Karin Gallandat | Riley C. Kolus | Timothy R. Julian | Daniele S. Lantagne
Date of Publication:
May 19, 2020
American Journal of Infection Control
Infectious diseases can be transmitted via fomites (contaminated surfaces/objects); disinfection can interrupt this transmission route. However, disinfection guidelines for low-resource outbreak settings are inconsistent and not evidence-based. A systematic review of surface disinfection efficacy studies was conducted to inform low-resource outbreak guideline development.
Data were extracted from 89 laboratory studies and made available, including 20 studies on relevant pathogens used in combination with surrogate data to determine minimum target concentration × time factors. Stainless steel (68%) and chlorine-based disinfectants (56%) were most commonly tested. No consistent trend was seen in the influence of chlorine concentration and exposure time on disinfection efficacy. Disinfectant application mode; soil load; and surface type were frequently identified as influential factors in included studies.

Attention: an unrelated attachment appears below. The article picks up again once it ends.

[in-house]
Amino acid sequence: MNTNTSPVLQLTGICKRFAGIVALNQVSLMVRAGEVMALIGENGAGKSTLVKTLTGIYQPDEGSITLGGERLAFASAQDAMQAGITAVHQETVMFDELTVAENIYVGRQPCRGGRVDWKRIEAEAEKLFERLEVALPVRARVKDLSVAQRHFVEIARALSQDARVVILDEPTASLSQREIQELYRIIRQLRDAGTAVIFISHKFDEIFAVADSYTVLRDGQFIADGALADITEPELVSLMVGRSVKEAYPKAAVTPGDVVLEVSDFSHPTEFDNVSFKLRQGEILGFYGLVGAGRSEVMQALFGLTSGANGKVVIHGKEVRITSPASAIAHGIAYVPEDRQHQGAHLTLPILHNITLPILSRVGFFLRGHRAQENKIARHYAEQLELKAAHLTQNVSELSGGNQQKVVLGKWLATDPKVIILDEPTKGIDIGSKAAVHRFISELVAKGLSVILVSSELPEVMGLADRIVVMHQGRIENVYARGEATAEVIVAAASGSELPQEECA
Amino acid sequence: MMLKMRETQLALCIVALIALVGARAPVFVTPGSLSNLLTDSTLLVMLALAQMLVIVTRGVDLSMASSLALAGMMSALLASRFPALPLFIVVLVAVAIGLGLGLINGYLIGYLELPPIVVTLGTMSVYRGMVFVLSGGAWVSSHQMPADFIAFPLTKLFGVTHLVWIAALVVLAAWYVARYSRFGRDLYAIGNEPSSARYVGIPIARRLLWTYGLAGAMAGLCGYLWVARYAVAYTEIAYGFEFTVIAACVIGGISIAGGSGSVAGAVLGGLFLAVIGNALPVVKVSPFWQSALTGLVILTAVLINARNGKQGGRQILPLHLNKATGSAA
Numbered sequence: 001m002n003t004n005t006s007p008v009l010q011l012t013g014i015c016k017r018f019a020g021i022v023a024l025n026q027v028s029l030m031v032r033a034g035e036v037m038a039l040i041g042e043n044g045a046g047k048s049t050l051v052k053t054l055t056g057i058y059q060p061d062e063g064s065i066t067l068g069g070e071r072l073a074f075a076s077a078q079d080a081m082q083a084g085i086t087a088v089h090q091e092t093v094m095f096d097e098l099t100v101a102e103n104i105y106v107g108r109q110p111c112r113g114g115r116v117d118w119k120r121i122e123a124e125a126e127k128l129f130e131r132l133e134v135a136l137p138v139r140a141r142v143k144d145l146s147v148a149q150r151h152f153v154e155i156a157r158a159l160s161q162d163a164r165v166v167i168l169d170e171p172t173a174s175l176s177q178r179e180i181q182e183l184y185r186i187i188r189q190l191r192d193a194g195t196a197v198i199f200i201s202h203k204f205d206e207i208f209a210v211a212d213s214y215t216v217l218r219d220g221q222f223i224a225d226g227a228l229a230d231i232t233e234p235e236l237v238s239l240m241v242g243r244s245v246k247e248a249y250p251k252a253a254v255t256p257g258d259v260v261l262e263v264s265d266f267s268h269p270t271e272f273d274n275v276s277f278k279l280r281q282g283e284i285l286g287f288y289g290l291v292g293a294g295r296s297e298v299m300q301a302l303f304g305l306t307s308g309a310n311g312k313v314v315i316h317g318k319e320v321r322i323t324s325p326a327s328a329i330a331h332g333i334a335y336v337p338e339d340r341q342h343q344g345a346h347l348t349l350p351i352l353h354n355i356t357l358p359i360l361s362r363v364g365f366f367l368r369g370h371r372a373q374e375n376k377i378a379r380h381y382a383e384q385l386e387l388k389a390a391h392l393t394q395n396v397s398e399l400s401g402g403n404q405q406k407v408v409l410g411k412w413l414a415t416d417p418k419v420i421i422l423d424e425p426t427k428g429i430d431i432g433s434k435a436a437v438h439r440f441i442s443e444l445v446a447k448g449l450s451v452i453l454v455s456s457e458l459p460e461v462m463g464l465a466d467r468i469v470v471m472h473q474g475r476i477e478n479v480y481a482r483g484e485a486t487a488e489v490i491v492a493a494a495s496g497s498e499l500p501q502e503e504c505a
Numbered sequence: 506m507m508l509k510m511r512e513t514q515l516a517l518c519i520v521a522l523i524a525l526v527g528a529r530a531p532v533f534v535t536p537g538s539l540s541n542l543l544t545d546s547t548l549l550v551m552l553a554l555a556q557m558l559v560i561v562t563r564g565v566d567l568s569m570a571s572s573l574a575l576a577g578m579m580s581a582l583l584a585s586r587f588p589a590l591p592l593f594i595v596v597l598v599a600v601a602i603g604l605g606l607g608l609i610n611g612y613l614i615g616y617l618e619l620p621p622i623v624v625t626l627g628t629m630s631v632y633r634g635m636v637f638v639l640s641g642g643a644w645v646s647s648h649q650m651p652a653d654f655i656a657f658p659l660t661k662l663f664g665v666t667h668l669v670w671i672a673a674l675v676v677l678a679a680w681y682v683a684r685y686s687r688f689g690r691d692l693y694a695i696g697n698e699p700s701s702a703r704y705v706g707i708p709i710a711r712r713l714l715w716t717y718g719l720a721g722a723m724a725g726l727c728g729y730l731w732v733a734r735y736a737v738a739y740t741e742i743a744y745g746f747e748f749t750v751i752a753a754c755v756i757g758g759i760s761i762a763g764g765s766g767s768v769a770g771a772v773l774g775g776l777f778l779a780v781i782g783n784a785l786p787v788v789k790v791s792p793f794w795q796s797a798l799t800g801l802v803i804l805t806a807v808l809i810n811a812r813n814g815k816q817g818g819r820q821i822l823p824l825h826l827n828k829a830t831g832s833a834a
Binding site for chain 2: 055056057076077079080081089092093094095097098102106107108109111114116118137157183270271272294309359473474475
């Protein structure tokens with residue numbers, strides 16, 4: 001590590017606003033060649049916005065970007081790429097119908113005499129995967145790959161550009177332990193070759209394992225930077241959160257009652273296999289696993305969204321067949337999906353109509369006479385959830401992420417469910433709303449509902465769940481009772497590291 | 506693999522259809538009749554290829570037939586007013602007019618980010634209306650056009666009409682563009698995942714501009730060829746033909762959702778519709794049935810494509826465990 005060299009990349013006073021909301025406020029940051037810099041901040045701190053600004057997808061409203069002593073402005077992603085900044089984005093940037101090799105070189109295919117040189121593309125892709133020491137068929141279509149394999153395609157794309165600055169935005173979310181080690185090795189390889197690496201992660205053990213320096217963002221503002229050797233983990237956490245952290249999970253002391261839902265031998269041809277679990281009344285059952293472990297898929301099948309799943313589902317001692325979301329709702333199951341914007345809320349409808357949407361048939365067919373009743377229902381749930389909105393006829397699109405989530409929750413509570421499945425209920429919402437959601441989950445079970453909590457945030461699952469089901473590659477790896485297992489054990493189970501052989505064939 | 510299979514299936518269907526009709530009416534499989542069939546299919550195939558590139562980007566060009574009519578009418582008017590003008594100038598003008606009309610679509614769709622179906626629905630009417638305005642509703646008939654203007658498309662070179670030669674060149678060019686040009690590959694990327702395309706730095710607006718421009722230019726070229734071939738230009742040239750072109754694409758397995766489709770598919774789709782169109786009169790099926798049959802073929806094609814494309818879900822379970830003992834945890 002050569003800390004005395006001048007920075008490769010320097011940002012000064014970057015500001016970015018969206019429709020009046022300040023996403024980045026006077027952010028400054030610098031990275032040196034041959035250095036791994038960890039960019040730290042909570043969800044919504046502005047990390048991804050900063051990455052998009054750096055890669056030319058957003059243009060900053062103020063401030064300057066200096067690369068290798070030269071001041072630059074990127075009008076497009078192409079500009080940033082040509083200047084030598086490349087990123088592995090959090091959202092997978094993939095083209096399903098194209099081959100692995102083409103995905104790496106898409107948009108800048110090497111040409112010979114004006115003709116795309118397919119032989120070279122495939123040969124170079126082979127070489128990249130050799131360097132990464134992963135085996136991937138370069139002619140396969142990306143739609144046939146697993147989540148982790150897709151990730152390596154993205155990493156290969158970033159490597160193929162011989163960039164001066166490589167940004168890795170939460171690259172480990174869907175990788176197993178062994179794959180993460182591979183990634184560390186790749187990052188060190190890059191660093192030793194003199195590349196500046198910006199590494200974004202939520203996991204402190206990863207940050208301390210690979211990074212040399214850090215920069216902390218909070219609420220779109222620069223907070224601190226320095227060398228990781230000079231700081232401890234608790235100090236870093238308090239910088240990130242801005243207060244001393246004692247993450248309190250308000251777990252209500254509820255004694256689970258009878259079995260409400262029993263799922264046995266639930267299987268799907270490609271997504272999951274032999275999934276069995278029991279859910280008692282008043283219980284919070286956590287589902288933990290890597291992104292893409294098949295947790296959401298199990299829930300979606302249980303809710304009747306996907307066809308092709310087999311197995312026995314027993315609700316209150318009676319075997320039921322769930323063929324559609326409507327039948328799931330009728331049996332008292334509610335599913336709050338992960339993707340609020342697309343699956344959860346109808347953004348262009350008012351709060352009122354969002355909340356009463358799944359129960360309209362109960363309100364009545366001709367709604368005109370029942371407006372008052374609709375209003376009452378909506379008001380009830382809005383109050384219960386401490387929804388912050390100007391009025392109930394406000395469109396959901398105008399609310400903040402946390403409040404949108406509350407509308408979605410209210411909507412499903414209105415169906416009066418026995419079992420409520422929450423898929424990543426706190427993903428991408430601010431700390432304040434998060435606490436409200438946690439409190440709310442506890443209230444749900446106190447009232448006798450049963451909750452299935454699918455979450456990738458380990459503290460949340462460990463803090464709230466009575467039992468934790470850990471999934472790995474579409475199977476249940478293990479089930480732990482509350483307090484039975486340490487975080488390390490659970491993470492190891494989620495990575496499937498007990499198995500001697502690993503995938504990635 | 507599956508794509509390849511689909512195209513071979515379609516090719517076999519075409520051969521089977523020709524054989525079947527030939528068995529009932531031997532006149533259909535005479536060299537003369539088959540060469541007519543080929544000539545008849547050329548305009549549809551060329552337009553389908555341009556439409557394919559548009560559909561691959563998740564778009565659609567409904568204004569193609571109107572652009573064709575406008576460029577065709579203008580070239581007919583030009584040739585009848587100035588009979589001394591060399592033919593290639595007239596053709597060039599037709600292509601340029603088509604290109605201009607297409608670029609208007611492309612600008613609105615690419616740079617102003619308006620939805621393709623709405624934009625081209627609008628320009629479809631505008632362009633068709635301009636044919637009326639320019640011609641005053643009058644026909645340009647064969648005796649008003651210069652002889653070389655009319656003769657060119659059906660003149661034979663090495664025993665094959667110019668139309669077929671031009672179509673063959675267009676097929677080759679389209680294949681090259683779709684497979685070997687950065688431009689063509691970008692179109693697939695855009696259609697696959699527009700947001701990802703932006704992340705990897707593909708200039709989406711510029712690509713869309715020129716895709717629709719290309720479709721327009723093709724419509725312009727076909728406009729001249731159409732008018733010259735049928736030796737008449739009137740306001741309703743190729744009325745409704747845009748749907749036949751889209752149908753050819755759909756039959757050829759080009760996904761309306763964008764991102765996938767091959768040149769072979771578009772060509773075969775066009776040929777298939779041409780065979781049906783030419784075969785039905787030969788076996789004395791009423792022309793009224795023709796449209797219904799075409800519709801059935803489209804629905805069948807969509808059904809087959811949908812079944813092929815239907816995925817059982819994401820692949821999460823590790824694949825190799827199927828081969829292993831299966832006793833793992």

This review highlights that surface disinfection efficacy estimates are strongly influenced by each study’s experimental conditions. We therefore recommend laboratory testing to be followed by field-based testing/monitoring to ensure effectiveness is achieved in situ.